Euros for Discoveries?

Many US academic researchers patent discoveries even before they publish them, contributing to $1.26 billion (US) in new product licenses in 2001. Now some European institutions want to catch up, but century-old traditions slow their pace. "A lot of the research at universities and institutions is focused on publication and the scientists are not focused on patents and commercializing their research results," says Mattheas Konrad, biotechnology manager of Bayern-Innovativ, a technology transfer

Ted Agres
Apr 28, 2002
Many US academic researchers patent discoveries even before they publish them, contributing to $1.26 billion (US) in new product licenses in 2001. Now some European institutions want to catch up, but century-old traditions slow their pace. "A lot of the research at universities and institutions is focused on publication and the scientists are not focused on patents and commercializing their research results," says Mattheas Konrad, biotechnology manager of Bayern-Innovativ, a technology transfer company established by the Bavarian government and private industry to foster technology in that region. "This situation is changing, but it is a slow, slow process."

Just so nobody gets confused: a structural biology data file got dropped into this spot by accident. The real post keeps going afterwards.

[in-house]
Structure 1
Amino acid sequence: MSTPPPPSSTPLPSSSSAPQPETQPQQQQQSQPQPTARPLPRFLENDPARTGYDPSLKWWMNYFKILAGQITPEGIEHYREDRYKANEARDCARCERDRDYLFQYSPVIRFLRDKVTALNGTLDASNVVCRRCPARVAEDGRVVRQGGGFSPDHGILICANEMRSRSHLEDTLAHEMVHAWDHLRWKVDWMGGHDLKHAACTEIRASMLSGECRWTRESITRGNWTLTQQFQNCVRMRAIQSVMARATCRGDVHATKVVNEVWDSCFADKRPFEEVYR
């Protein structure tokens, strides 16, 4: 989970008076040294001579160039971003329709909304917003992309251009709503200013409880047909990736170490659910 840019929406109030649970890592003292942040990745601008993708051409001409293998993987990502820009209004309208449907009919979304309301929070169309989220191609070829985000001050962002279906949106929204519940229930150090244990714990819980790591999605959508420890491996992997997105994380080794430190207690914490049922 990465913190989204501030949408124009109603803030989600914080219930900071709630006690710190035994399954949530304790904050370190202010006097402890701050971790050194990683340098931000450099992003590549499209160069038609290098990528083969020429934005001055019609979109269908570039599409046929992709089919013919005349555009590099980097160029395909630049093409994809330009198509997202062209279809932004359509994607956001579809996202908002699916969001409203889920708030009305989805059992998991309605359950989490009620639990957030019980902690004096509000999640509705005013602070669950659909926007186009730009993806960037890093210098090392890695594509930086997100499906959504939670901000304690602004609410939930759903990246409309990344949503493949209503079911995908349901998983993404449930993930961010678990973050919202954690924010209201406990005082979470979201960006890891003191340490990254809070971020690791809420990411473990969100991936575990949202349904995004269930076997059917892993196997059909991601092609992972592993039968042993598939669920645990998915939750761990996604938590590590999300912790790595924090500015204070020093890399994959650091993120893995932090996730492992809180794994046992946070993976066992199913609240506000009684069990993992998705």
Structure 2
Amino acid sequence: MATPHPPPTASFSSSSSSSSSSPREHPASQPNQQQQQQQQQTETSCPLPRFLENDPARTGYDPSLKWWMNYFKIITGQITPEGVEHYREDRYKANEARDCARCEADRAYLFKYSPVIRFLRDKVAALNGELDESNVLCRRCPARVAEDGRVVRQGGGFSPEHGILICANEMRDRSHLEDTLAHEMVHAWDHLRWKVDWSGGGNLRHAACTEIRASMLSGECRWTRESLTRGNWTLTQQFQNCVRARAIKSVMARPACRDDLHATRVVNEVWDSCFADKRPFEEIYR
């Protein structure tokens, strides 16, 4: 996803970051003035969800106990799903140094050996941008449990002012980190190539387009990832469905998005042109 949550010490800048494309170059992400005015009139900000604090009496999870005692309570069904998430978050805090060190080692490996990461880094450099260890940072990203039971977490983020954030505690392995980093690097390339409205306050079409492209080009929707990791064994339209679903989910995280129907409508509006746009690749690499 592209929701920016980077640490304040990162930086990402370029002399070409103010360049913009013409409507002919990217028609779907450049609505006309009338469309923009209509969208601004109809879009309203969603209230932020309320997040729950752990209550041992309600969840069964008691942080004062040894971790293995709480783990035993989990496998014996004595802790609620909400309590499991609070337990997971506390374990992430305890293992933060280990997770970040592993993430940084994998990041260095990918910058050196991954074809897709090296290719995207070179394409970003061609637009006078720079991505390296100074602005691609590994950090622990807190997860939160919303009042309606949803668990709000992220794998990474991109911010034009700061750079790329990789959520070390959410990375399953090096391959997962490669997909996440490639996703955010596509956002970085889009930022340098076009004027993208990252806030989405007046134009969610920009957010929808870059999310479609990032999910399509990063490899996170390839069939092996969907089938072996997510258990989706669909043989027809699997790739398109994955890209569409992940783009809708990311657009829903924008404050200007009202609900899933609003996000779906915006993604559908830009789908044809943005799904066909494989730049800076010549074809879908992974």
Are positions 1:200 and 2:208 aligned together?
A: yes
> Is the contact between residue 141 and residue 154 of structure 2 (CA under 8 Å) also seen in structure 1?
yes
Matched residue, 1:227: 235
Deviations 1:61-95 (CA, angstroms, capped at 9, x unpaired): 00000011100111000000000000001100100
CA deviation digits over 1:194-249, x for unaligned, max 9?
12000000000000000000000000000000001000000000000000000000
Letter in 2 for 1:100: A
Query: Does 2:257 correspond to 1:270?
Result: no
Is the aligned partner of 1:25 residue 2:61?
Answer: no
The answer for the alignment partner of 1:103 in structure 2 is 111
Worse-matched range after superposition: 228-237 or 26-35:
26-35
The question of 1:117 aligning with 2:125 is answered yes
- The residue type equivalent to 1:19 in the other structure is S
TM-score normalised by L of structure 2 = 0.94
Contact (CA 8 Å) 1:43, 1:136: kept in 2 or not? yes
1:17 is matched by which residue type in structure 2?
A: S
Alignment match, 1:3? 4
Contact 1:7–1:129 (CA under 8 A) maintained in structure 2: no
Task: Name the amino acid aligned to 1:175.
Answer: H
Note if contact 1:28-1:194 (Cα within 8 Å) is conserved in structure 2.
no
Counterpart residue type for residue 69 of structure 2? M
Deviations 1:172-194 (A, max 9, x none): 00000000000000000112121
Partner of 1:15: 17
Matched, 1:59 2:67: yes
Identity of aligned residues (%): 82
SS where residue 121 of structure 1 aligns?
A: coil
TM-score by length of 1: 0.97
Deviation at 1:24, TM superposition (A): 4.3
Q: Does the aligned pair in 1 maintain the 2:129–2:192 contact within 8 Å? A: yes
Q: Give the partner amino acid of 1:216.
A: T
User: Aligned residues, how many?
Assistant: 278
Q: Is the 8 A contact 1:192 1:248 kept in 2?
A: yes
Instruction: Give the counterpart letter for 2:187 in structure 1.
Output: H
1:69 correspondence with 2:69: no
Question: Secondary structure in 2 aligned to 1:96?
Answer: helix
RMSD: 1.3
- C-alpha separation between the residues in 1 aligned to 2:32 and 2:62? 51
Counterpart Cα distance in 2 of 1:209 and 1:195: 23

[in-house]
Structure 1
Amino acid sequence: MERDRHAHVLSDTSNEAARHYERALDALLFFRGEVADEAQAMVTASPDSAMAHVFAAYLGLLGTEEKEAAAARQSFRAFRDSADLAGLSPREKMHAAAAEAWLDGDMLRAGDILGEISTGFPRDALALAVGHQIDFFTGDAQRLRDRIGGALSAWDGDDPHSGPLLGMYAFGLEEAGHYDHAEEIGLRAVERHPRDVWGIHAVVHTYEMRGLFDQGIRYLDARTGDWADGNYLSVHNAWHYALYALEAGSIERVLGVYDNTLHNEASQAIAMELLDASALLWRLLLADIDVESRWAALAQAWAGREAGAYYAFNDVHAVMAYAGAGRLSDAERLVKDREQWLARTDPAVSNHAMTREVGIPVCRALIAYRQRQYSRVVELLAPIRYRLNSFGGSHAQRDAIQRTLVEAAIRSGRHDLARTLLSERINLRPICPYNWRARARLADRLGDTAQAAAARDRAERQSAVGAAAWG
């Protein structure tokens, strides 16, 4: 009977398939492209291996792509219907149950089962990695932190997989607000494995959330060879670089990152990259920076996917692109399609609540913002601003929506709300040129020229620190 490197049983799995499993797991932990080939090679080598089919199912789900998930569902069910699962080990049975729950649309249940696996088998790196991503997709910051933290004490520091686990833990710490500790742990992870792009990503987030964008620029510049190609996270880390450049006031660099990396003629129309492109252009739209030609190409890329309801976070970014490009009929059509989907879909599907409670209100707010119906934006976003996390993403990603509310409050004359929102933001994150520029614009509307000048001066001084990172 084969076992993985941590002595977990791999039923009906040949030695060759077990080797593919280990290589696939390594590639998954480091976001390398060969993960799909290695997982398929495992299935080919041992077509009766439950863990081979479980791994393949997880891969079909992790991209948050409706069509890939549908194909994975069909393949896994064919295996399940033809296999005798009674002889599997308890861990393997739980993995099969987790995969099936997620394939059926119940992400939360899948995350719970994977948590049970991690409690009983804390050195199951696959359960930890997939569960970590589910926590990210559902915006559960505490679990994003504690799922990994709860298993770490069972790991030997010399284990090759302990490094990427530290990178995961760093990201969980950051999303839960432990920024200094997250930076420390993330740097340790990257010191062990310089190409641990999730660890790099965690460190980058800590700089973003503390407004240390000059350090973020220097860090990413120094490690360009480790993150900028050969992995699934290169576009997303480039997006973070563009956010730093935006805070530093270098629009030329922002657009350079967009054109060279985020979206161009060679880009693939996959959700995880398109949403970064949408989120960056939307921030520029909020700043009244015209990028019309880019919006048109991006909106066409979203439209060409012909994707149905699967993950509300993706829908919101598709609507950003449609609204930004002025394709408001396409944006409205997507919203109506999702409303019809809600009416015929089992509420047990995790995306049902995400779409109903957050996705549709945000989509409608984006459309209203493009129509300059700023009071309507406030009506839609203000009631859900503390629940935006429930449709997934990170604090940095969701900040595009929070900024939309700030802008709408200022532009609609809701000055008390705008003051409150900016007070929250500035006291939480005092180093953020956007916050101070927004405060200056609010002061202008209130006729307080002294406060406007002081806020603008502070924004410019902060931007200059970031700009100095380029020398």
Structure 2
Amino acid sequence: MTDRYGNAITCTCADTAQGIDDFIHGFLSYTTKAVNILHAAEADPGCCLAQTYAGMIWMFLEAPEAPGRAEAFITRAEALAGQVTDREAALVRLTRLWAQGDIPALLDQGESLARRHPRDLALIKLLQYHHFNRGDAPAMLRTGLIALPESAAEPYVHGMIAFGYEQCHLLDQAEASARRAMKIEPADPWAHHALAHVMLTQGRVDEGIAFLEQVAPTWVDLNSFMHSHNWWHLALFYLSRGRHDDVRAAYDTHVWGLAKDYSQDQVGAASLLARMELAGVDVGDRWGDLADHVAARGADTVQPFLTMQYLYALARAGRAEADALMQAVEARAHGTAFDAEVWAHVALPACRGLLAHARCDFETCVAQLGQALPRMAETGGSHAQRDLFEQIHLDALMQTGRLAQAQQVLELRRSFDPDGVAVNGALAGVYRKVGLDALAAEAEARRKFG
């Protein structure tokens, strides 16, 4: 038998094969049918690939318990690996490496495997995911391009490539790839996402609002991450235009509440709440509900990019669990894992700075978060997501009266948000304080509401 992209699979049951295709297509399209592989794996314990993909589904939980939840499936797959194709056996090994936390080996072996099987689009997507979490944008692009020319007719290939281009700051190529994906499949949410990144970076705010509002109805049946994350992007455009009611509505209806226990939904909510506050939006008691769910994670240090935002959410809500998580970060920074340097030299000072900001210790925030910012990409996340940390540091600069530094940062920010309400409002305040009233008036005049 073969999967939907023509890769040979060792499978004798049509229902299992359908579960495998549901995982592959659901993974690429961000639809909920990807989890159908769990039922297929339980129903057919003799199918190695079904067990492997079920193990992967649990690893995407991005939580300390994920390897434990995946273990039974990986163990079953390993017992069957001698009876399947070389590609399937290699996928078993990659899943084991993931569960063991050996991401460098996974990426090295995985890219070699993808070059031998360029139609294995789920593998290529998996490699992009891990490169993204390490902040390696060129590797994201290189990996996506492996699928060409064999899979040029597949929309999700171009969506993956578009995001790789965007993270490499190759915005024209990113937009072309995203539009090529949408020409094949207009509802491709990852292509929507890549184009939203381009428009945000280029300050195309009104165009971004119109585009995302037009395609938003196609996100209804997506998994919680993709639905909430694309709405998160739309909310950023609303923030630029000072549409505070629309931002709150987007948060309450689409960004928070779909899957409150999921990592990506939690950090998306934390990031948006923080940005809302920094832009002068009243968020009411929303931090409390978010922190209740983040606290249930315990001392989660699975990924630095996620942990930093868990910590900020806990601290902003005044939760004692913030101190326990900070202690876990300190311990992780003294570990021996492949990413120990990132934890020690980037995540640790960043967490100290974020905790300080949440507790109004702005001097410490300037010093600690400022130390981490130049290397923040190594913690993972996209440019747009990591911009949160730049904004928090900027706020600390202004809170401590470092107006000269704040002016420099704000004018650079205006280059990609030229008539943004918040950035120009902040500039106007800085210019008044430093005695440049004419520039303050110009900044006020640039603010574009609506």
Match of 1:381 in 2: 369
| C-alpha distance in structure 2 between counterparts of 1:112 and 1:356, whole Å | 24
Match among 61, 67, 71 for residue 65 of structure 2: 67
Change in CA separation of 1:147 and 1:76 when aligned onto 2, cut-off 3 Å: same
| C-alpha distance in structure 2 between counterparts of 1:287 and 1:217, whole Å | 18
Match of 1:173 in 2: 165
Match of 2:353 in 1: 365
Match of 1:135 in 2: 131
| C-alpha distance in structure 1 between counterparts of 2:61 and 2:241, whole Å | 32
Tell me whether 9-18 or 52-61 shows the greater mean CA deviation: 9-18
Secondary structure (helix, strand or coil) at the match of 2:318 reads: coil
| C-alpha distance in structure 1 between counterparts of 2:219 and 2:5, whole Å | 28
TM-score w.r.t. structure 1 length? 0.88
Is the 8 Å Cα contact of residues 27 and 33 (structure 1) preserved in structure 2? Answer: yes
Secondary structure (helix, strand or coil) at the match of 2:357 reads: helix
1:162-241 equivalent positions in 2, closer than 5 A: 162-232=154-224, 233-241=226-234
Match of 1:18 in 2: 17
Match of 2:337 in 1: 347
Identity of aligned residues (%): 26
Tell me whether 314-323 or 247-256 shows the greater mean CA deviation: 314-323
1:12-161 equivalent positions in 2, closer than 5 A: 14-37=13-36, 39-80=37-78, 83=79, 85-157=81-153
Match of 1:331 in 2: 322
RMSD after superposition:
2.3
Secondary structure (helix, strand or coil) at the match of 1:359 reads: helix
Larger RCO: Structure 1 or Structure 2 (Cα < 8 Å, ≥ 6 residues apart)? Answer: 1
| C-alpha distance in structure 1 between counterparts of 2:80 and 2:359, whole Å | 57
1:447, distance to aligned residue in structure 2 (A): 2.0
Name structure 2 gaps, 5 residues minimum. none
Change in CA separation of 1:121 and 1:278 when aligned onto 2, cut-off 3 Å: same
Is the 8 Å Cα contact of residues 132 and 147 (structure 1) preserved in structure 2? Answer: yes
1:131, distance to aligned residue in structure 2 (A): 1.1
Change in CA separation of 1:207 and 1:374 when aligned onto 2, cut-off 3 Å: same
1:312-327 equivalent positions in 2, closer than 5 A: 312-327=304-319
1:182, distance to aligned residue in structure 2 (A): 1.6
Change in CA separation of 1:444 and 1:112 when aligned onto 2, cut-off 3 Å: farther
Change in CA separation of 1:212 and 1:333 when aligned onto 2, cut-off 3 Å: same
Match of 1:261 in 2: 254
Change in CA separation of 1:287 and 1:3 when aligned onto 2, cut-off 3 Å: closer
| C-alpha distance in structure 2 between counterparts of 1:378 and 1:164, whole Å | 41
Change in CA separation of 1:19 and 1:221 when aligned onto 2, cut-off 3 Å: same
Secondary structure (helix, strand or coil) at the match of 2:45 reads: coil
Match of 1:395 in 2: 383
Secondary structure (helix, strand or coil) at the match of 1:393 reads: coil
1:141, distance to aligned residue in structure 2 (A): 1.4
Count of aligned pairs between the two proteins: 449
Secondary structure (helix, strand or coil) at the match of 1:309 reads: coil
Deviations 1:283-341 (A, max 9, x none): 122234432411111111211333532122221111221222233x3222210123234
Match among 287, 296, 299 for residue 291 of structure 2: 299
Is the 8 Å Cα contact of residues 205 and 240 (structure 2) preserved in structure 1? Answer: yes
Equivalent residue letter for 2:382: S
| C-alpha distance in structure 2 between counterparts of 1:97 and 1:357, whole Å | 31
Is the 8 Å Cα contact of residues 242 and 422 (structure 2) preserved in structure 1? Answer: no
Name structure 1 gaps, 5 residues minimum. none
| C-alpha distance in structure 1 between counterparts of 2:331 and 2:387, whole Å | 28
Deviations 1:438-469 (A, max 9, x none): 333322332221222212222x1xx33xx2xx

Because Europe trails the United States by 10 to 15 years, universities and institutes forgo hundreds of millions of dollars in revenues from licensing and company startups that could pay for additional research and reward innovation. "In many places in Europe, technology transfer has been left to the individual scientist and academic...

Interested in reading more?

Magaizne Cover

Become a Member of

Receive full access to digital editions of The Scientist, as well as TS Digest, feature stories, more than 35 years of archives, and much more!
Already a member?